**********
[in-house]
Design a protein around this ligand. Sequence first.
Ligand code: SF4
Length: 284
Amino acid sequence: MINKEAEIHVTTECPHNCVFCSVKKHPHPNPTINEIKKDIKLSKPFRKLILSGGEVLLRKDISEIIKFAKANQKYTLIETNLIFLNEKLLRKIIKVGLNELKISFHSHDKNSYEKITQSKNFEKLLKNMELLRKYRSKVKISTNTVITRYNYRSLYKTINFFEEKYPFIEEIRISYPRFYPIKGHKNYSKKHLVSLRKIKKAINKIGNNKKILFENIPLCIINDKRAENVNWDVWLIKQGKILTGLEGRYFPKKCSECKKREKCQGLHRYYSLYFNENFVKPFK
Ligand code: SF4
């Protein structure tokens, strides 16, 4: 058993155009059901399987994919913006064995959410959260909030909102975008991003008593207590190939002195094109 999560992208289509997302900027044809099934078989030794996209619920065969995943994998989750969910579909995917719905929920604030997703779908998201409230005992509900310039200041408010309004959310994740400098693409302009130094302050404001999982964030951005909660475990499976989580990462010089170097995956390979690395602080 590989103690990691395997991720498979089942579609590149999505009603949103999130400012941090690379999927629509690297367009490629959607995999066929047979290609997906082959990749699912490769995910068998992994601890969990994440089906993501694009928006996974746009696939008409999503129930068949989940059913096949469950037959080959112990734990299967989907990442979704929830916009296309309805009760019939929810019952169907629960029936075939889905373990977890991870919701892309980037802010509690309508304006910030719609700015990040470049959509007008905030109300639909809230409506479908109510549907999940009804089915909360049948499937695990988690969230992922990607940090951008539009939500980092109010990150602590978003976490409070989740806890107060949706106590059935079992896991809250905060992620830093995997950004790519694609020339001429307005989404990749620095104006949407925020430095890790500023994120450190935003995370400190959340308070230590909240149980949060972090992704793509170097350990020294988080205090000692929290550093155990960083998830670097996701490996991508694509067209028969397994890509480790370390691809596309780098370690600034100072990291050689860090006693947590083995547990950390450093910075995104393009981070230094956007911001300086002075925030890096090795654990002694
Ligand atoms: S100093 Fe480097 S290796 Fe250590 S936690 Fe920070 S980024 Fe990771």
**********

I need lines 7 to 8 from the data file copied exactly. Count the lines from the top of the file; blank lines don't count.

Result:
């Protein structure tokens, strides 16, 4: 058993155009059901399987994919913006064995959410959260909030909102975008991003008593207590190939002195094109 999560992208289509997302900027044809099934078989030794996209619920065969995943994998989750969910579909995917719905929920604030997703779908998201409230005992509900310039200041408010309004959310994740400098693409302009130094302050404001999982964030951005909660475990499976989580990462010089170097995956390979690395602080 590989103690990691395997991720498979089942579609590149999505009603949103999130400012941090690379999927629509690297367009490629959607995999066929047979290609997906082959990749699912490769995910068998992994601890969990994440089906993501694009928006996974746009696939008409999503129930068949989940059913096949469950037959080959112990734990299967989907990442979704929830916009296309309805009760019939929810019952169907629960029936075939889905373990977890991870919701892309980037802010509690309508304006910030719609700015990040470049959509007008905030109300639909809230409506479908109510549907999940009804089915909360049948499937695990988690969230992922990607940090951008539009939500980092109010990150602590978003976490409070989740806890107060949706106590059935079992896991809250905060992620830093995997950004790519694609020339001429307005989404990749620095104006949407925020430095890790500023994120450190935003995370400190959340308070230590909240149980949060972090992704793509170097350990020294988080205090000692929290550093155990960083998830670097996701490996991508694509067209028969397994890509480790370390691809596309780098370690600034100072990291050689860090006693947590083995547990950390450093910075995104393009981070230094956007911001300086002075925030890096090795654990002694
Ligand atoms: S100093 Fe480097 S290796 Fe250590 S936690 Fe920070 S980024 Fe990771």